Blog, Resource, & Helpline for those battling Percocet addiction

What is Percocet?

What is Percocet?

Percocet is a legal compound painkiller commonly prescribed to relieve moderate to severe short-term pain. The main ingredient in Percocet is oxycodone, a Schedule II narcotic analgesic which is derived from opium and utilized for its calming effects and pain relief. The other major ingredient is paracetamol (also known as acetaminophen) which is more commonly used as the over-the-counter pain and fever reducer Tylenol. Oxycodone was first created by scientists in Germany in 1916 as a semi-synthetic opioid that would provide a less-addictive alternative to heroin. While Percocet is less addictive than heroin, it still contains a narcotic, so it can cause addiction and physical dependence if taken improperly or taken over a long period of time.

Percocet was first approved by the U.S. Food and Drug Administration in 1976, but since it contains oxycodone, it is a Schedule II drug under the Controlled Substances Act. It works to block messages from getting to pain receptors in the brain, which creates a feeling of euphoria. It is this sensation that people with a Percocet addiction are seeking when they continue to ingest the pills. They often believe they can recreate the feeling by increasing the quantity and frequency of their dose. Unfortunately, the initial euphoria is hardly ever reproduced. Percocet addicts, however, will keep taking the drug despite the tolerance that their bodies have developed which prevents them from experiencing the euphoric feeling that they desire.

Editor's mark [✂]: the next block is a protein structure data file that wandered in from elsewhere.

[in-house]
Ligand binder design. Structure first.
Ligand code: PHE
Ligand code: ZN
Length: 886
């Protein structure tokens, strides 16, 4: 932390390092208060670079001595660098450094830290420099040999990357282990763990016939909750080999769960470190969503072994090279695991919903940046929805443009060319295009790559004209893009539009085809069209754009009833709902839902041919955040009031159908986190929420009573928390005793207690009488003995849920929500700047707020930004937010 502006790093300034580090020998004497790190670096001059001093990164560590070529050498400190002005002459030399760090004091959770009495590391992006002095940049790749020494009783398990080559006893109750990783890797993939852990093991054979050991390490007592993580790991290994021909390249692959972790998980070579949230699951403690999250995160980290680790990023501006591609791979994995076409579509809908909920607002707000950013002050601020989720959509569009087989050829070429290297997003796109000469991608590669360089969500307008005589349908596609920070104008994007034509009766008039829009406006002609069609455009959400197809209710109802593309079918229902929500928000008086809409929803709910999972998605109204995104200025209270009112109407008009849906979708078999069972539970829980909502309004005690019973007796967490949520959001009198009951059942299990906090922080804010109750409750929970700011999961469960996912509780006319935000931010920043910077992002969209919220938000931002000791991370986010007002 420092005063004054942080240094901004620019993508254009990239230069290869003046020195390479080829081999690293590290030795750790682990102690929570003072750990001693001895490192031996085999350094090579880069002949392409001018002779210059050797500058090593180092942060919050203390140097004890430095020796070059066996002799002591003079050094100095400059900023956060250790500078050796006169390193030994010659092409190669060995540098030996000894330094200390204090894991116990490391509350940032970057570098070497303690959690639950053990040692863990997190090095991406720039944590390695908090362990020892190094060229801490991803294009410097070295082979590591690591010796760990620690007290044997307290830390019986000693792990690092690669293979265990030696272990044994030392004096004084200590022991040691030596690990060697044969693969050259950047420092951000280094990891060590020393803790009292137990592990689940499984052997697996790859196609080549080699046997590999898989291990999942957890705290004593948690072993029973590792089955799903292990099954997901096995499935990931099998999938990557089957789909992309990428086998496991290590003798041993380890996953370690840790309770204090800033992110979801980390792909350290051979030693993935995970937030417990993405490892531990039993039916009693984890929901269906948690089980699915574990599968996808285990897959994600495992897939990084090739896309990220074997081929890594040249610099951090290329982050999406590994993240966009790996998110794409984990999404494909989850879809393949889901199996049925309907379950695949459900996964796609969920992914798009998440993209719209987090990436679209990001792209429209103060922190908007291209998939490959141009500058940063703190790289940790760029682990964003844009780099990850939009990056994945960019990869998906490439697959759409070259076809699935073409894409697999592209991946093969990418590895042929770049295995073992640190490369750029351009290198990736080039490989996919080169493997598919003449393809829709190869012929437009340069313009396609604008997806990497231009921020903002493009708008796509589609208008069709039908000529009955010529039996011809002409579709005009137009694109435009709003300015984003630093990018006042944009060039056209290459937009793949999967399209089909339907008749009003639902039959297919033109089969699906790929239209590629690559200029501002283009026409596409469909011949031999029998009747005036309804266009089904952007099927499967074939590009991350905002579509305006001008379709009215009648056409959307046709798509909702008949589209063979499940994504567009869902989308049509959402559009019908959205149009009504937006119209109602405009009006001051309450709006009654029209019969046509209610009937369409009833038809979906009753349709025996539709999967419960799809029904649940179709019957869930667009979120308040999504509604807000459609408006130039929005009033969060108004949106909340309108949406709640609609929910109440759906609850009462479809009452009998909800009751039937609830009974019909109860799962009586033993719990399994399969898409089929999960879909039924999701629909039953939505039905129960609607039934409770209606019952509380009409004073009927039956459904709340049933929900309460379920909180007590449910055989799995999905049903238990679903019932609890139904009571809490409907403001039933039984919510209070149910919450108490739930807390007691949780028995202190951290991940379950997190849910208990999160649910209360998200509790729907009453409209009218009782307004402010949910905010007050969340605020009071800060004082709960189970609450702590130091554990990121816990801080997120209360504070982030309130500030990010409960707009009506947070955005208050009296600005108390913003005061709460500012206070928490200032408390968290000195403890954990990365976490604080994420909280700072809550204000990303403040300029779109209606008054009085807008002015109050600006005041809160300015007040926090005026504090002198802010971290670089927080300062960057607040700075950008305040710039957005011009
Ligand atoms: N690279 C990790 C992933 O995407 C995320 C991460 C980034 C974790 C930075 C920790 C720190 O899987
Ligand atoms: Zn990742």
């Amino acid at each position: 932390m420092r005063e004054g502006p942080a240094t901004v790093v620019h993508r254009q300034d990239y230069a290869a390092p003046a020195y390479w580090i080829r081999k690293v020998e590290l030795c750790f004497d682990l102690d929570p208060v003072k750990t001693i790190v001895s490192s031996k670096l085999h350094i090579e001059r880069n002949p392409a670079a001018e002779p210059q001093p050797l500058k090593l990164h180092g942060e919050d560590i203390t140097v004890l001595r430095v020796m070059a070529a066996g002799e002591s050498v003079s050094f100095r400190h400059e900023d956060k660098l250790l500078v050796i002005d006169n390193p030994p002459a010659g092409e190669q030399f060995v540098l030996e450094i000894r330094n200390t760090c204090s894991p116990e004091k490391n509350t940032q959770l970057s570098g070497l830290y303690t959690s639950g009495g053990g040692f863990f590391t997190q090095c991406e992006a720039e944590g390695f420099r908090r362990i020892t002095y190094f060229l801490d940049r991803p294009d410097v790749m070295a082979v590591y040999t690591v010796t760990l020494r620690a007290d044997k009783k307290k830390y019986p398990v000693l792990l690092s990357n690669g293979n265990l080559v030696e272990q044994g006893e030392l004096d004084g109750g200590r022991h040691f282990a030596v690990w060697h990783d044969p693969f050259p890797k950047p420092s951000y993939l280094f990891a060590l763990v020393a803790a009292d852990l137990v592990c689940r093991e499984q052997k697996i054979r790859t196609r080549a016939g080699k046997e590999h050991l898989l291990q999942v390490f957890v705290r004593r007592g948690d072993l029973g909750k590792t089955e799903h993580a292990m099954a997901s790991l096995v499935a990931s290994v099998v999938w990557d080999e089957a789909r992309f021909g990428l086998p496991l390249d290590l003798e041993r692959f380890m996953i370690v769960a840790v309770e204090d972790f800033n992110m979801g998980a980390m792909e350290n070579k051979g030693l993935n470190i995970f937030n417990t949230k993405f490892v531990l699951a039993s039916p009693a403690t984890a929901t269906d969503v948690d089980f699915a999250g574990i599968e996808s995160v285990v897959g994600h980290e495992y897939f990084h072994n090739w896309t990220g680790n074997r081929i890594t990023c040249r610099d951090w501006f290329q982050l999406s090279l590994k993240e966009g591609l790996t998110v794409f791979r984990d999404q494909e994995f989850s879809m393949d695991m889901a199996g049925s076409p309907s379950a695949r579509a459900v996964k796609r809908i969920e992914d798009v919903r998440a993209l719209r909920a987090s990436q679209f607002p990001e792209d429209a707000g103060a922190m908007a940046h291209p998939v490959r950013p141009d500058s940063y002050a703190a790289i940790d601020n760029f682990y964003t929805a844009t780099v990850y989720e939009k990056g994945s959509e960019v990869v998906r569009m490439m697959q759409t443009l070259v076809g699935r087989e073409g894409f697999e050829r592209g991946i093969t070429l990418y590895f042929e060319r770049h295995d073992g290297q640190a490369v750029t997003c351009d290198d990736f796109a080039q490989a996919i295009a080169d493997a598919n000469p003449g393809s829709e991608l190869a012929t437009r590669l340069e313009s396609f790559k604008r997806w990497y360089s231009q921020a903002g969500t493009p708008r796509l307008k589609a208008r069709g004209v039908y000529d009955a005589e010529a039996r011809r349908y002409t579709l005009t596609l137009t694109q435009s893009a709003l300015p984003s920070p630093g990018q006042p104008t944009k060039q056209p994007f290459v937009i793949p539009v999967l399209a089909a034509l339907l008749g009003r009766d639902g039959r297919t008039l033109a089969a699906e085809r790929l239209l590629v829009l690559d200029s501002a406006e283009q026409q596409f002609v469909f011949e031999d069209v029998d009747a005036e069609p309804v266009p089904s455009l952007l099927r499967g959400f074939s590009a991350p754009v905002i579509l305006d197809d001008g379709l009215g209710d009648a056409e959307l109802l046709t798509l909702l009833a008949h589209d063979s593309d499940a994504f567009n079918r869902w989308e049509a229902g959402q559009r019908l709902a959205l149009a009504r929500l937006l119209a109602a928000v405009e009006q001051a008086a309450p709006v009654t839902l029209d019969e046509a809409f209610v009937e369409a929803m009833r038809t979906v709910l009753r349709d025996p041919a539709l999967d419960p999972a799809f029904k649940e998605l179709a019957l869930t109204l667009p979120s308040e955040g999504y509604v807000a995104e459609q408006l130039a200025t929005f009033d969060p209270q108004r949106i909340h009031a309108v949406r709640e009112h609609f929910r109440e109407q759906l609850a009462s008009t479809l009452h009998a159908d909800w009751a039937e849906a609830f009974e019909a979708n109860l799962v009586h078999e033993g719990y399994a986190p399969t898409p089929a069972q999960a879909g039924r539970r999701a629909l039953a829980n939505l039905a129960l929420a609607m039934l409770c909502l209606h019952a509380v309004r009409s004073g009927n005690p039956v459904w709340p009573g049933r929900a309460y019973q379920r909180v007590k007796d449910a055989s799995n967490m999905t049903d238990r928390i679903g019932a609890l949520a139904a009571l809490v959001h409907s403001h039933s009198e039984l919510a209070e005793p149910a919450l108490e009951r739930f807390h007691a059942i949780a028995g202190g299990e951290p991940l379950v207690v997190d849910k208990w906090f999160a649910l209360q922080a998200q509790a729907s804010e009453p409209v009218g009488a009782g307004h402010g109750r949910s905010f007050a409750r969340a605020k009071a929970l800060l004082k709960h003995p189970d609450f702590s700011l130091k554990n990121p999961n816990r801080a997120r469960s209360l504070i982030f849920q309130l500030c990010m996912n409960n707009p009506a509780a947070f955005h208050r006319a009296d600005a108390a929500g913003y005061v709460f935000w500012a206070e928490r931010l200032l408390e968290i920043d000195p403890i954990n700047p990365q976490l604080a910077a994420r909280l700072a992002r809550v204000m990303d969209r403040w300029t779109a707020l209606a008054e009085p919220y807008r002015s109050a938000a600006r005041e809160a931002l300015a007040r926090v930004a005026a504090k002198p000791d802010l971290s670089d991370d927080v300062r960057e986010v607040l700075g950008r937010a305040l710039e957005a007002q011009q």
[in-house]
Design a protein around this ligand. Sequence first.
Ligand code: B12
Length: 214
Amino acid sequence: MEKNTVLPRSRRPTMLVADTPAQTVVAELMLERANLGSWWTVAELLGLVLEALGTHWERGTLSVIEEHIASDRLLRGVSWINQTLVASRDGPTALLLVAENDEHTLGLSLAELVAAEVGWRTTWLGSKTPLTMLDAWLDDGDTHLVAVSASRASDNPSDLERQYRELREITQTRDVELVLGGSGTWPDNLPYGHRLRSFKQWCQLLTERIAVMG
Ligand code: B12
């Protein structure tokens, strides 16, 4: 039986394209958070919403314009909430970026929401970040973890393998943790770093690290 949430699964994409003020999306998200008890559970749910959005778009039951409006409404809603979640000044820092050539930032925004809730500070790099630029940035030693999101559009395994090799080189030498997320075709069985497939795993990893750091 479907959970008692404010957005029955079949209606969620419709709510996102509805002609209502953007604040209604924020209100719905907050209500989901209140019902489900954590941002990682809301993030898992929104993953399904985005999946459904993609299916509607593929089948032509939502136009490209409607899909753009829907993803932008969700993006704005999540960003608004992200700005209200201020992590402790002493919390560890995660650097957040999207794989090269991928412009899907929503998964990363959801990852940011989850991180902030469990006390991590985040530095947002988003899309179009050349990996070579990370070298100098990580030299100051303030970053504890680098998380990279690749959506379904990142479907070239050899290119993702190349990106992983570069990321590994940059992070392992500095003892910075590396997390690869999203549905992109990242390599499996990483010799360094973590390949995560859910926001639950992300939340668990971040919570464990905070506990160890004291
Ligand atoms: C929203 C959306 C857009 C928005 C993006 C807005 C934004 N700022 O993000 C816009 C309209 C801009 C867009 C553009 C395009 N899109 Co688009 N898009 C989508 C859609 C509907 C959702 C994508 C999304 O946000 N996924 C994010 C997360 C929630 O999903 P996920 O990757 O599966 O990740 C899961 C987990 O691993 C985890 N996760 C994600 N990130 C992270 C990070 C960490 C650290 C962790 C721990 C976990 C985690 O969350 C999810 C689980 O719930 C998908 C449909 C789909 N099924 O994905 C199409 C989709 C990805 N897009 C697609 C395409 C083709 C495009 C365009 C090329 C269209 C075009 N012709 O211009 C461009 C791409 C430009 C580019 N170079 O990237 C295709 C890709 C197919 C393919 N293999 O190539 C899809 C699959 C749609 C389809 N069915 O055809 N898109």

One reason that Percocet abuse has spread so rapidly is that it is readily available nationwide. As opposed to drugs that are illegally grown or imported, Percocet is sold in pharmacies across the country. Percocet addicts generally obtain the drug by either “doctor shopping” (going from doctor to doctor to receive several prescriptions), by stealing pills from a friend or loved one, or by purchasing Percocet on the street, where high mark-ups have increased the number of dealers (see Percocet Street Names). Since these addicts are not taking the drug as directed, it is much more likely that they will quickly develop an addiction.

For more information on Percocet and Percocet abuse help, Watch this Percocet Abuse Video.